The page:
01/07/2014 11:57 am ET Updated Mar 09, 2014

The Dog With the Yellow Ribbon

"I can't let you get close to me, I'll end up hurting you."

"It's not you, it's me. I just need my space."

If you see a dog wearing a yellow ribbon, this is what it might say. But instead of a cheesy break-up line, the dog's ribbon would serve as a warning of potential danger.

The Yellow Dog Program uses yellow ribbons to warn the public that it's wearer needs space and should be treated with caution. As designated by the ribbon, "Dogs in need of space" -- or DINOS -- are not necessarily aggressive dogs, but more often are dogs who have fear, age or pain issues; are in training or are service or working animals .

Rather than an excuse for a lack of training or aggressive behavior though, the program's goal is to educate the public and dog owners to identify dogs needing space and promote appropriate contact of dogs.

And, with the growing trend towards dog-friendly everything, it's an education that the public -- and parents -- could really use.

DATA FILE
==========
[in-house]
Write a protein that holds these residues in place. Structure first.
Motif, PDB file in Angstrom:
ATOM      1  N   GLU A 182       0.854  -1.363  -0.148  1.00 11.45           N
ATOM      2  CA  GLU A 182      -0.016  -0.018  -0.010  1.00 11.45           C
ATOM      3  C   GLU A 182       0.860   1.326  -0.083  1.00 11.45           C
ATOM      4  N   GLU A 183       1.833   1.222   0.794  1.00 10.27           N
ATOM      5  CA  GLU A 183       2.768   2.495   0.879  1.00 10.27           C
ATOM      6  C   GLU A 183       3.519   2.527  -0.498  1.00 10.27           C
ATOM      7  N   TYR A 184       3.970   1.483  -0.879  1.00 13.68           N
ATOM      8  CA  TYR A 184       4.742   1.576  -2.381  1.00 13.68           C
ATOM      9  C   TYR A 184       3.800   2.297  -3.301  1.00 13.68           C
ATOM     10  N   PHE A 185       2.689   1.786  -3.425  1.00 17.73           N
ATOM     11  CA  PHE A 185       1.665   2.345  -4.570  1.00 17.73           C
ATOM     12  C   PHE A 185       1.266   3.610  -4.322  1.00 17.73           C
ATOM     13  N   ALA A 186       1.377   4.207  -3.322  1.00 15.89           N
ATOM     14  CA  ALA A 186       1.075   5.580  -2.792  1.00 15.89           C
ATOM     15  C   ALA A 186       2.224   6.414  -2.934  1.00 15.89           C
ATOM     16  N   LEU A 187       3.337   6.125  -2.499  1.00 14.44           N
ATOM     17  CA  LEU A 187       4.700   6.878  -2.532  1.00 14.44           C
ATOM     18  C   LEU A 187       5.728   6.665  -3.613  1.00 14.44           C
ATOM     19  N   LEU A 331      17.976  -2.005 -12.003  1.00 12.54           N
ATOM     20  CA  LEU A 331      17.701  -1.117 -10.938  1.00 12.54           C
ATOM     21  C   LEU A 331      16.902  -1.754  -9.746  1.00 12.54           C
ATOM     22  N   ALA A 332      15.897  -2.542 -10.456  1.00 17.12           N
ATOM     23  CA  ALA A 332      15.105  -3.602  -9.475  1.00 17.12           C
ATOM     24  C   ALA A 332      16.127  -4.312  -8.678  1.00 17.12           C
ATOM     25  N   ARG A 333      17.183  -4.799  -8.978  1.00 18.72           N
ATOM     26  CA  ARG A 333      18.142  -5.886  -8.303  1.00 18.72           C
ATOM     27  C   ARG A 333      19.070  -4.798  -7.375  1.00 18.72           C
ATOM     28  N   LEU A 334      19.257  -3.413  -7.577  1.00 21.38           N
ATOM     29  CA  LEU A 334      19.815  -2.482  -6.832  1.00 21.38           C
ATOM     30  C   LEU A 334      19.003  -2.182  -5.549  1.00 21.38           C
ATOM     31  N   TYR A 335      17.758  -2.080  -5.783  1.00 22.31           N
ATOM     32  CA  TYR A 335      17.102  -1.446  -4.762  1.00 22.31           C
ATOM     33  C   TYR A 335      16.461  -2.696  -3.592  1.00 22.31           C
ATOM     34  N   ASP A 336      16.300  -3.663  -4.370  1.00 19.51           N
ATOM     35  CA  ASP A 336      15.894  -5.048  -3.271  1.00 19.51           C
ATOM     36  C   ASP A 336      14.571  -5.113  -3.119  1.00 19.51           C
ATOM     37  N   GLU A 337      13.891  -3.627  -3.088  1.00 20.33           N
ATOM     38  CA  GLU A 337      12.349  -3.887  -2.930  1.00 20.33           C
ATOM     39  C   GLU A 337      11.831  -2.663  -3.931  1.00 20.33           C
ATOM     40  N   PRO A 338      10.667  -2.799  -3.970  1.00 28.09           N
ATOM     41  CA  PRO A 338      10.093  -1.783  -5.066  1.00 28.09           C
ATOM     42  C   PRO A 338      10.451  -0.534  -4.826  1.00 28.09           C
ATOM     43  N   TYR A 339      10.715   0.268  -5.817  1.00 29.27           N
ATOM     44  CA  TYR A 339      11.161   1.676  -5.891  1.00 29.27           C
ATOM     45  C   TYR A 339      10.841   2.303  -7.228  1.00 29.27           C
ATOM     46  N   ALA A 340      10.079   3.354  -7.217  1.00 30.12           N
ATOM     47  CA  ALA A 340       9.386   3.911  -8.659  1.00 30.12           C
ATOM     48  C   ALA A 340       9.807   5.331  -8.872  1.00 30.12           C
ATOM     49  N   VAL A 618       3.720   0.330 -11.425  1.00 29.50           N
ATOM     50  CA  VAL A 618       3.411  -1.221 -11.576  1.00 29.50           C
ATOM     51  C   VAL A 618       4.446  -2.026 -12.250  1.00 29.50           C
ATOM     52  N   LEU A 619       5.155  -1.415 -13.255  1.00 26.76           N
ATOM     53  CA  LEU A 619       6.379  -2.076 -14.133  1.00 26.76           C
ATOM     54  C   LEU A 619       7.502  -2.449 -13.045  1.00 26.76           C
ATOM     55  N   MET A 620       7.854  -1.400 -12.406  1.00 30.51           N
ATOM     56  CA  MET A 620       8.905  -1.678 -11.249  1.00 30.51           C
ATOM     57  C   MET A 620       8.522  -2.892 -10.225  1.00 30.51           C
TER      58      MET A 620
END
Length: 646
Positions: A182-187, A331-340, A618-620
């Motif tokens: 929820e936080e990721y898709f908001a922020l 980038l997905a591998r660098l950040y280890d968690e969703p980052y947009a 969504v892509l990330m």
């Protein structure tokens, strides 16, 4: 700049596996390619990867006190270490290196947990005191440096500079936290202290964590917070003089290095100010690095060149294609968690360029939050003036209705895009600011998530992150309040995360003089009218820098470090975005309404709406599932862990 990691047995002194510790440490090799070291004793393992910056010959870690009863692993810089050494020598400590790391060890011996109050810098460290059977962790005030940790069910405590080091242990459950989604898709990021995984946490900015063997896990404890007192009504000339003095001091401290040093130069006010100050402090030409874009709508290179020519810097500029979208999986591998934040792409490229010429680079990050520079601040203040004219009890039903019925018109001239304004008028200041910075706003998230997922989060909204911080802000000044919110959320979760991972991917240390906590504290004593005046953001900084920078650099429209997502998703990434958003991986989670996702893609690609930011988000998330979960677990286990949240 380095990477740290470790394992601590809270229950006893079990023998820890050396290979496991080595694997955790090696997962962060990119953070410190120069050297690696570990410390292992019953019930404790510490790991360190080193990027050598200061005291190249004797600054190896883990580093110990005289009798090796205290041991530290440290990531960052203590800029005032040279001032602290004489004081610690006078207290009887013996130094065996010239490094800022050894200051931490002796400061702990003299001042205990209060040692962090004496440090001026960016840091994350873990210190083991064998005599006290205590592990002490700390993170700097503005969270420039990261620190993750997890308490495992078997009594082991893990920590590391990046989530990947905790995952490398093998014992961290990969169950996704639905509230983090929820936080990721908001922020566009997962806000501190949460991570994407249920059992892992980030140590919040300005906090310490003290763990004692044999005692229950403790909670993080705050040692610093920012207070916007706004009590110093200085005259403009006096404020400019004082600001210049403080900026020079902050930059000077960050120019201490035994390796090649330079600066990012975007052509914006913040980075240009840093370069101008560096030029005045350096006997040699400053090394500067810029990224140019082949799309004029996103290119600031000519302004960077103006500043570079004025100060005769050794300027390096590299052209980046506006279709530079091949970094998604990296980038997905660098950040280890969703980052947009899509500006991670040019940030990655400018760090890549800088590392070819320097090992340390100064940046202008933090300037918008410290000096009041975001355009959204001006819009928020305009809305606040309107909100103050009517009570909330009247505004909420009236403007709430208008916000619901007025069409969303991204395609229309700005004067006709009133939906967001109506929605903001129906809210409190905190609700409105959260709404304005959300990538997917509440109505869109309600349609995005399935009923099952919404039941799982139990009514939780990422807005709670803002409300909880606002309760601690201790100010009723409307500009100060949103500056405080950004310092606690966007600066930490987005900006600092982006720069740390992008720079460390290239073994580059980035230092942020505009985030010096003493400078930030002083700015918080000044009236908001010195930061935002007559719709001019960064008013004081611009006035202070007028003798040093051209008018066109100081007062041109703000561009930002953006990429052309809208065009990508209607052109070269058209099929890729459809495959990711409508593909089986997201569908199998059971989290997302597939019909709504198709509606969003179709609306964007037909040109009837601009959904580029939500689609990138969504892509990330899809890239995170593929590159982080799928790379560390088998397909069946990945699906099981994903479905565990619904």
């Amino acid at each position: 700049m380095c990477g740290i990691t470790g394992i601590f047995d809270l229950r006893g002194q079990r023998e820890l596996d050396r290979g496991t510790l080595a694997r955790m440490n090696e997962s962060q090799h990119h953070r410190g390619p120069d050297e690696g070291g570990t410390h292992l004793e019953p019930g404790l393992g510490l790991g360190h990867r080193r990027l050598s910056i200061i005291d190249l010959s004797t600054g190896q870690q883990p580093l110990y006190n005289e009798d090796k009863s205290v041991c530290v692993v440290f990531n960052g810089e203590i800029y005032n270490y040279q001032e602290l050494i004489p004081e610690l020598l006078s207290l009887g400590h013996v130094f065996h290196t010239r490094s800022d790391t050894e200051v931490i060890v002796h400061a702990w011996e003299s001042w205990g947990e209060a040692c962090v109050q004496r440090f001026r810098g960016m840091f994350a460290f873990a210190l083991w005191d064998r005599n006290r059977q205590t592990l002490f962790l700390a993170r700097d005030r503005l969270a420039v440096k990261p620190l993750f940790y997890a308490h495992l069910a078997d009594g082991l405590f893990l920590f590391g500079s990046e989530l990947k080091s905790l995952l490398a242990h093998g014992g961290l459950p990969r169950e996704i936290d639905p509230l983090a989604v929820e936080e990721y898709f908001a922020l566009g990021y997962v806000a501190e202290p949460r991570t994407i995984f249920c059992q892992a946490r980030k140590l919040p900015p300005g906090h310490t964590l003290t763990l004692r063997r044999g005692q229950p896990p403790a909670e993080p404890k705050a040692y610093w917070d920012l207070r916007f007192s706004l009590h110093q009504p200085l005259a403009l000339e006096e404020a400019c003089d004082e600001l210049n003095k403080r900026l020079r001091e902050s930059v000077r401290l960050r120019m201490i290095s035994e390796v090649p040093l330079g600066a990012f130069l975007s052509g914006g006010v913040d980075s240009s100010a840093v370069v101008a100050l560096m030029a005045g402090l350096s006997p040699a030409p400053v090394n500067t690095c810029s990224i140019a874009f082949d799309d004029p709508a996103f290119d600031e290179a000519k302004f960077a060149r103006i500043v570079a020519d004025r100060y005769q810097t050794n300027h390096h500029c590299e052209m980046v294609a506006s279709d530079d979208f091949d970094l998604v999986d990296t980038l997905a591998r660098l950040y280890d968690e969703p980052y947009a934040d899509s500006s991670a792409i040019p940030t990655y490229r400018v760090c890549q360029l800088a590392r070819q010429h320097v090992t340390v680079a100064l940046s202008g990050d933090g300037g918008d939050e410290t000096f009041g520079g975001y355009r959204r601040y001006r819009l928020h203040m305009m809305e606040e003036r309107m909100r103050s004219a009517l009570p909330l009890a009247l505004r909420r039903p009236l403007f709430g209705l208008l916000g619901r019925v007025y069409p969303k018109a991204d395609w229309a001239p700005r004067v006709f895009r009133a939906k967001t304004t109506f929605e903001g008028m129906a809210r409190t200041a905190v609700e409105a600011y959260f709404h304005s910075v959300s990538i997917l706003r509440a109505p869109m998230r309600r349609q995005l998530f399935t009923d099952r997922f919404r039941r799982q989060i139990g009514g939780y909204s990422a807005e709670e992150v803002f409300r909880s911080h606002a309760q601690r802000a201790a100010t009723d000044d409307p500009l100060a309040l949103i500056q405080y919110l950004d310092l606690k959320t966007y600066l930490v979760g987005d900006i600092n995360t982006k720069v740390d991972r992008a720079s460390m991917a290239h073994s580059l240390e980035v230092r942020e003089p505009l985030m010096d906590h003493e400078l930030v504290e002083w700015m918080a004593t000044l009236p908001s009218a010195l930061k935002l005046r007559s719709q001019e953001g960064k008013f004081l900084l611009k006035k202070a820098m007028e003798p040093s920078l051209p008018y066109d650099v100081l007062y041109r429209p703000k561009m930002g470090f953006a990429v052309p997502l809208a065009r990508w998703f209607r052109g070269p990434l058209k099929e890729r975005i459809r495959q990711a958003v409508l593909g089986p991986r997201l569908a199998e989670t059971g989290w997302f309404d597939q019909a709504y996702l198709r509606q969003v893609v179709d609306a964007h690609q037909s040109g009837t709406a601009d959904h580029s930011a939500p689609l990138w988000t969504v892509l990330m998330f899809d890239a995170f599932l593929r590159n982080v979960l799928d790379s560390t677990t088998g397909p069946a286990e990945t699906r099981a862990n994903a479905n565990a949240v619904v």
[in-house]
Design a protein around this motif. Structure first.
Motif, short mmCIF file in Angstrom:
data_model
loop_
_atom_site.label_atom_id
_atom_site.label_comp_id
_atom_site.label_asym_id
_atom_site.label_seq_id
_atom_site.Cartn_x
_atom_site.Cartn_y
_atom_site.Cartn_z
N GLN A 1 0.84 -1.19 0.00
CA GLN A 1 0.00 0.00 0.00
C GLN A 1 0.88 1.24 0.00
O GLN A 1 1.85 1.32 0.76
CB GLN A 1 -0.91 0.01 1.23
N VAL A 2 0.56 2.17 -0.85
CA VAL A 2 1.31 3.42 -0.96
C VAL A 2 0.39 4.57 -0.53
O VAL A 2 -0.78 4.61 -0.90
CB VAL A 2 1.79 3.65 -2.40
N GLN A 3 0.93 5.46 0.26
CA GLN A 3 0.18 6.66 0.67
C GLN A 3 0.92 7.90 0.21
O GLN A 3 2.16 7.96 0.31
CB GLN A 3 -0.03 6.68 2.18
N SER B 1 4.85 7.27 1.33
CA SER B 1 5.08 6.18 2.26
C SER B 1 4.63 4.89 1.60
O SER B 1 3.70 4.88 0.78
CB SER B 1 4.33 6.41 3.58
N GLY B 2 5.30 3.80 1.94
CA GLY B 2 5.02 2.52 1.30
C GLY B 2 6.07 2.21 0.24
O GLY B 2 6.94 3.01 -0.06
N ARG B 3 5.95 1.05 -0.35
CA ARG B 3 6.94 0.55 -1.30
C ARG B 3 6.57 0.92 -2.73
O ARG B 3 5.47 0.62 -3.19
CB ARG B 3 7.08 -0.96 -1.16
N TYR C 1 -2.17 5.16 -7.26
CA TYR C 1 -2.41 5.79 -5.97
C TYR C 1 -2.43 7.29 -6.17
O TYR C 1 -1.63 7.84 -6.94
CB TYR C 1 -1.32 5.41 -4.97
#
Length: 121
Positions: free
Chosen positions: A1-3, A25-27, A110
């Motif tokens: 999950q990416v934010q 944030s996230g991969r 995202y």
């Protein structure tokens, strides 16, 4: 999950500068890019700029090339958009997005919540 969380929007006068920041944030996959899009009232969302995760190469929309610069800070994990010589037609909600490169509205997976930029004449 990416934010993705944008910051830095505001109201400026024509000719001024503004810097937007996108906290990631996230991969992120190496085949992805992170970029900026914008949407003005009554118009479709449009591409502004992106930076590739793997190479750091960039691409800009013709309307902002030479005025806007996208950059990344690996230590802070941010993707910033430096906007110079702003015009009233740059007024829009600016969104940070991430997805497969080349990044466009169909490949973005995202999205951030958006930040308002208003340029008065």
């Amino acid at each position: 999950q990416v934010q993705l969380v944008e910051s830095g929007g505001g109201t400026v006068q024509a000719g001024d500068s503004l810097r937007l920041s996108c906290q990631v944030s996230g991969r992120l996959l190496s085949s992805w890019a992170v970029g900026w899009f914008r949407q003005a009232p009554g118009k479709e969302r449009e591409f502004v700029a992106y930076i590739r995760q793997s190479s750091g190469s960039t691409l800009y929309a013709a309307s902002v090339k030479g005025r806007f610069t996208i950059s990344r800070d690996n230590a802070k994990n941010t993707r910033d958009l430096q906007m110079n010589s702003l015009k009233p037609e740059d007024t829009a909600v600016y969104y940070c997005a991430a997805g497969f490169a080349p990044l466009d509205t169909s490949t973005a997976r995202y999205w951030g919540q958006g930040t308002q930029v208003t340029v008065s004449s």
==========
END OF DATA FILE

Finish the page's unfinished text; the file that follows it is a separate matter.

According to the American Humane Society, an estimated 4.7 million dog bites occur each year in the United States. And children are considerably more vulnerable than adults. In fact, nearly half of all dog bite victims involve children and 70% of dog bite fatalities are children under 10 years old.

The Humane Society has the following recommendation for parents: "If you want to meet a dog, first ask the owner for permission. If the owner says it's OK, hold out your hand in a fist for the dog to sniff. If he's interested, you can give him a little scratch under the chin (not over the head) and say hello."

The problem is that many dog owners don't realize that they should not let a stranger near their dog, especially when it's a child. Most recently, a 3-year-old boy was attacked by an Akita in a California Lowe's home improvement store after the dog's owner gave the boy permission to pet him.

This is exactly the type of incident that the Yellow Dog Program could be instrumental in preventing. Had the dog involved been wearing a yellow ribbon, it's owner been aware of what it was capable of or the child's parent mindful that maybe letting a 3-year-old child pet a strange dog is a bad idea, then perhaps this incident -- and many similar incidents -- could have been avoided.

So, if you see a dog wearing a yellow ribbon, remember, maybe it just needs it's space.